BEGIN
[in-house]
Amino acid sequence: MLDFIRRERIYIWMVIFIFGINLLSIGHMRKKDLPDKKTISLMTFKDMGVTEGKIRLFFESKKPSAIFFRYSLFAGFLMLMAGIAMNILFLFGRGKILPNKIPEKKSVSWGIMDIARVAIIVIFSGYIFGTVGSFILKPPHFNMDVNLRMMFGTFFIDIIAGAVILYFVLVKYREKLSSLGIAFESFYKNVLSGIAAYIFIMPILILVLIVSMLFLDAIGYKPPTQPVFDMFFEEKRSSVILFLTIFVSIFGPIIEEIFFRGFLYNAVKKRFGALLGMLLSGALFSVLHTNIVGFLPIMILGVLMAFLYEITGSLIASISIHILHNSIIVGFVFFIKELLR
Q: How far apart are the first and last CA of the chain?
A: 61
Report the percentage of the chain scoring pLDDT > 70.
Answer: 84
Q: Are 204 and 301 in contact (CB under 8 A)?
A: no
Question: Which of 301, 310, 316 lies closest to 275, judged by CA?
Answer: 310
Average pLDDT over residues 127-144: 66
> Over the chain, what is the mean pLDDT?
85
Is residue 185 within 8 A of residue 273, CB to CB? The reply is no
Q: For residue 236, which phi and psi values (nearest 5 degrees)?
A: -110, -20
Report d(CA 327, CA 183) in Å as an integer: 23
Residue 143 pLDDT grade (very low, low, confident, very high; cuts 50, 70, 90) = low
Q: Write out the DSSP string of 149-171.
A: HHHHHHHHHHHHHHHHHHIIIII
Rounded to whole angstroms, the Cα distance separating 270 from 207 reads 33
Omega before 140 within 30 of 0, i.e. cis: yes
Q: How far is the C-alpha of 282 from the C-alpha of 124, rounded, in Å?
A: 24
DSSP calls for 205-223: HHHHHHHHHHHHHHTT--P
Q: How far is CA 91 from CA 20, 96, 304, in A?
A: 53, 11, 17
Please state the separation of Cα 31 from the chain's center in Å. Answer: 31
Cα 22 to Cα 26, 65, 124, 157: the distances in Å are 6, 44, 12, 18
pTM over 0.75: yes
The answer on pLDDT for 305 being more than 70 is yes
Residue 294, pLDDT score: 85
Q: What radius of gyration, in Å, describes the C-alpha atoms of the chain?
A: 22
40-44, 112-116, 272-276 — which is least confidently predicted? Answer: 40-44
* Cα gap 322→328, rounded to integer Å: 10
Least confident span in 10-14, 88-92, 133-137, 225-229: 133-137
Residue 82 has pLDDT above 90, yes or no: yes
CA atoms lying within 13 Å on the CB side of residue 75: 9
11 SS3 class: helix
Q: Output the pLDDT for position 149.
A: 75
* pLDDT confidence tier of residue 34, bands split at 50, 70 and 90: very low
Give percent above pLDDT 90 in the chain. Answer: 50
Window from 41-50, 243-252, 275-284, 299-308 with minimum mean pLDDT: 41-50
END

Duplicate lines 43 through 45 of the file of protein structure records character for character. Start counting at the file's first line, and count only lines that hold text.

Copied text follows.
* pLDDT confidence tier of residue 34, bands split at 50, 70 and 90: very low
Give percent above pLDDT 90 in the chain. Answer: 50
Window from 41-50, 243-252, 275-284, 299-308 with minimum mean pLDDT: 41-50